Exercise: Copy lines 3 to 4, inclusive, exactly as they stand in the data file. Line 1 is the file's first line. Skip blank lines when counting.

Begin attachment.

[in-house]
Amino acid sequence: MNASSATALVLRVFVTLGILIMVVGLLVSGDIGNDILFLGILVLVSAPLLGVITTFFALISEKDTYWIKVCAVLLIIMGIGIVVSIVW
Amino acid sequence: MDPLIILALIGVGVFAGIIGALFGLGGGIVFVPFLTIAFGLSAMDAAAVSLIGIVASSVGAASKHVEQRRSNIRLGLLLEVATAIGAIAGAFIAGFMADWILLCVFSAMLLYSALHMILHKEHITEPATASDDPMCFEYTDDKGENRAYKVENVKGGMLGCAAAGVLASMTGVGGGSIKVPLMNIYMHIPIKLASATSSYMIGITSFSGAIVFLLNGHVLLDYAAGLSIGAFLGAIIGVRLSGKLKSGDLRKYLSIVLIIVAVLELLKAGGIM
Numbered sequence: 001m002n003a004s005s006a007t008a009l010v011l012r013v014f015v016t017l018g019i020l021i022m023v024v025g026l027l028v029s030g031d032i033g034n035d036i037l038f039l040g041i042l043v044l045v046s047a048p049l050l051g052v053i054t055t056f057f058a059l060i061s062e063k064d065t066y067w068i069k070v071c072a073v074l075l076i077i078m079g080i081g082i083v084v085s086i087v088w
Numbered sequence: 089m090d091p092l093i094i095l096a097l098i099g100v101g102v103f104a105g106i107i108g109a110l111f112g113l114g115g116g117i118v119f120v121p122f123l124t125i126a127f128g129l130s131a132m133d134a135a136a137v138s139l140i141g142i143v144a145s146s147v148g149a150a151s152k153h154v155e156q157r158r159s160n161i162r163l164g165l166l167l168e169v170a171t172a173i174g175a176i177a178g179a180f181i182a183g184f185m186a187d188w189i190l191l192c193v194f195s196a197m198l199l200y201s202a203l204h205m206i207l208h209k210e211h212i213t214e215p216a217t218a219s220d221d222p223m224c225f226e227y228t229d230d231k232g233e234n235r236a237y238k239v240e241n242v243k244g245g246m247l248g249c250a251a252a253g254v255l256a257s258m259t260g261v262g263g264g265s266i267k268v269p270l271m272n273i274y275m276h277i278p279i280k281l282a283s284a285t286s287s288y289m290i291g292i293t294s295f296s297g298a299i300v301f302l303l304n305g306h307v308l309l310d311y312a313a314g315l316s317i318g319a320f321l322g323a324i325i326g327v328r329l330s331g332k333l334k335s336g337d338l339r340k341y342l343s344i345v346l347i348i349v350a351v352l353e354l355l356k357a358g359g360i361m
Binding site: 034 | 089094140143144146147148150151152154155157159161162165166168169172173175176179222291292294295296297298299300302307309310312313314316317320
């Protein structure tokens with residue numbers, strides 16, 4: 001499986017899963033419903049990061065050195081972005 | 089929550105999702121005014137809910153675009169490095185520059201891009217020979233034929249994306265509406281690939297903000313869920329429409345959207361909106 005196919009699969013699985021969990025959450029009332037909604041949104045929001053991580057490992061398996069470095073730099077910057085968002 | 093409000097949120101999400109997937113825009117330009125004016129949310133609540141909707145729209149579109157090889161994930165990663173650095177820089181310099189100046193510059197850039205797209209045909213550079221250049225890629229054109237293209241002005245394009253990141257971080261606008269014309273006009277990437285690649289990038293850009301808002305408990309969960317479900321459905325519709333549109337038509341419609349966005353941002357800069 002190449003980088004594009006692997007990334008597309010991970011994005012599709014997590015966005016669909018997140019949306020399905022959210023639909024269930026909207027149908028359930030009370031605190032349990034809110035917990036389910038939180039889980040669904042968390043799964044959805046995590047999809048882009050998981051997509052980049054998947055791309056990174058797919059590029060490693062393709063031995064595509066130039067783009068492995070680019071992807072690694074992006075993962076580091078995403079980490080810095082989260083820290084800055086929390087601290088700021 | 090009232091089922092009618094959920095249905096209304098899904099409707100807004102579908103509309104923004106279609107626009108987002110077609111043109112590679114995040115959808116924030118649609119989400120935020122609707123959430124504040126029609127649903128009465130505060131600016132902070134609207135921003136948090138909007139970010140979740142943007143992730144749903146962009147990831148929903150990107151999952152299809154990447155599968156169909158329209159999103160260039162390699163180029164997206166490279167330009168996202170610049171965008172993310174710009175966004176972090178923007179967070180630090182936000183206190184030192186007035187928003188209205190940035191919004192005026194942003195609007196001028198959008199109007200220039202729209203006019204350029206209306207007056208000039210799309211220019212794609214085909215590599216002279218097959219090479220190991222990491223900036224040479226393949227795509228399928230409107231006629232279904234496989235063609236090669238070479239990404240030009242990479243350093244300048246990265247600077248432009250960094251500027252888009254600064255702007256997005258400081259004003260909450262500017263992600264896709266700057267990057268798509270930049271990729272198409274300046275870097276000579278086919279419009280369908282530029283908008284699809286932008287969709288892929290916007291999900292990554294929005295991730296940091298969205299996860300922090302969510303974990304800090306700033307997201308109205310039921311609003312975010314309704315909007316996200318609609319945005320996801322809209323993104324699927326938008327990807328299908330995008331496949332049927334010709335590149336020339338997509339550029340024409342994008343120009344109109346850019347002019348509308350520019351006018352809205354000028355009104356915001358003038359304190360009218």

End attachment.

Amino acid sequence: MDPLIILALIGVGVFAGIIGALFGLGGGIVFVPFLTIAFGLSAMDAAAVSLIGIVASSVGAASKHVEQRRSNIRLGLLLEVATAIGAIAGAFIAGFMADWILLCVFSAMLLYSALHMILHKEHITEPATASDDPMCFEYTDDKGENRAYKVENVKGGMLGCAAAGVLASMTGVGGGSIKVPLMNIYMHIPIKLASATSSYMIGITSFSGAIVFLLNGHVLLDYAAGLSIGAFLGAIIGVRLSGKLKSGDLRKYLSIVLIIVAVLELLKAGGIM
Numbered sequence: 001m002n003a004s005s006a007t008a009l010v011l012r013v014f015v016t017l018g019i020l021i022m023v024v025g026l027l028v029s030g031d032i033g034n035d036i037l038f039l040g041i042l043v044l045v046s047a048p049l050l051g052v053i054t055t056f057f058a059l060i061s062e063k064d065t066y067w068i069k070v071c072a073v074l075l076i077i078m079g080i081g082i083v084v085s086i087v088w